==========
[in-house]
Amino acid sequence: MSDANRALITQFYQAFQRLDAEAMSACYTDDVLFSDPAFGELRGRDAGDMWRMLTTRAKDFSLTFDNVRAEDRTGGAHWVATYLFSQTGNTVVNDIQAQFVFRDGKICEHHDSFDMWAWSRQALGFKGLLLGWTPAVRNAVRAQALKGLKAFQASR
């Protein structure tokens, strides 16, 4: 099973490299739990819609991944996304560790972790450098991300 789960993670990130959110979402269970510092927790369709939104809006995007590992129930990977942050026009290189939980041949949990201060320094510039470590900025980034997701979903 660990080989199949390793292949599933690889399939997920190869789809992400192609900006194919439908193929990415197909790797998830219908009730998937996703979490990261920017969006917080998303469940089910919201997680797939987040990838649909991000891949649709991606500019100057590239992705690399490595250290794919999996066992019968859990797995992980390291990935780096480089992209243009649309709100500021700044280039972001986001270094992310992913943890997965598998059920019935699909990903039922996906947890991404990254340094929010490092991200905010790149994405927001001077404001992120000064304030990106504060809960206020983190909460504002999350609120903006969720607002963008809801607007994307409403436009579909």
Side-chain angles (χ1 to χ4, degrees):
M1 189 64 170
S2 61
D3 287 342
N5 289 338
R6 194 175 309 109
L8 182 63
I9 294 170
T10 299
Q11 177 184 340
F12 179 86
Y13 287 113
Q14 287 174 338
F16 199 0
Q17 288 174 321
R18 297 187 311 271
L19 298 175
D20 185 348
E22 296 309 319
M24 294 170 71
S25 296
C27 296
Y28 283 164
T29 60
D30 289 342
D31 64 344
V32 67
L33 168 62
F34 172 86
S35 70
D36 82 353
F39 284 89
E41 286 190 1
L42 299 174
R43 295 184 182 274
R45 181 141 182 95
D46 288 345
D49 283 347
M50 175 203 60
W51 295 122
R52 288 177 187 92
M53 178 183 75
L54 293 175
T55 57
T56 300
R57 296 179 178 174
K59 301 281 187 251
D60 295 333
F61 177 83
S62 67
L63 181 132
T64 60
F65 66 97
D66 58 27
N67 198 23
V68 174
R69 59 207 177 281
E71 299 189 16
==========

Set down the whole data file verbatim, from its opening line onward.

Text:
[in-house]
Amino acid sequence: MSDANRALITQFYQAFQRLDAEAMSACYTDDVLFSDPAFGELRGRDAGDMWRMLTTRAKDFSLTFDNVRAEDRTGGAHWVATYLFSQTGNTVVNDIQAQFVFRDGKICEHHDSFDMWAWSRQALGFKGLLLGWTPAVRNAVRAQALKGLKAFQASR
């Protein structure tokens, strides 16, 4: 099973490299739990819609991944996304560790972790450098991300 789960993670990130959110979402269970510092927790369709939104809006995007590992129930990977942050026009290189939980041949949990201060320094510039470590900025980034997701979903 660990080989199949390793292949599933690889399939997920190869789809992400192609900006194919439908193929990415197909790797998830219908009730998937996703979490990261920017969006917080998303469940089910919201997680797939987040990838649909991000891949649709991606500019100057590239992705690399490595250290794919999996066992019968859990797995992980390291990935780096480089992209243009649309709100500021700044280039972001986001270094992310992913943890997965598998059920019935699909990903039922996906947890991404990254340094929010490092991200905010790149994405927001001077404001992120000064304030990106504060809960206020983190909460504002999350609120903006969720607002963008809801607007994307409403436009579909």
Side-chain angles (χ1 to χ4, degrees):
M1 189 64 170
S2 61
D3 287 342
N5 289 338
R6 194 175 309 109
L8 182 63
I9 294 170
T10 299
Q11 177 184 340
F12 179 86
Y13 287 113
Q14 287 174 338
F16 199 0
Q17 288 174 321
R18 297 187 311 271
L19 298 175
D20 185 348
E22 296 309 319
M24 294 170 71
S25 296
C27 296
Y28 283 164
T29 60
D30 289 342
D31 64 344
V32 67
L33 168 62
F34 172 86
S35 70
D36 82 353
F39 284 89
E41 286 190 1
L42 299 174
R43 295 184 182 274
R45 181 141 182 95
D46 288 345
D49 283 347
M50 175 203 60
W51 295 122
R52 288 177 187 92
M53 178 183 75
L54 293 175
T55 57
T56 300
R57 296 179 178 174
K59 301 281 187 251
D60 295 333
F61 177 83
S62 67
L63 181 132
T64 60
F65 66 97
D66 58 27
N67 198 23
V68 174
R69 59 207 177 281
E71 299 189 16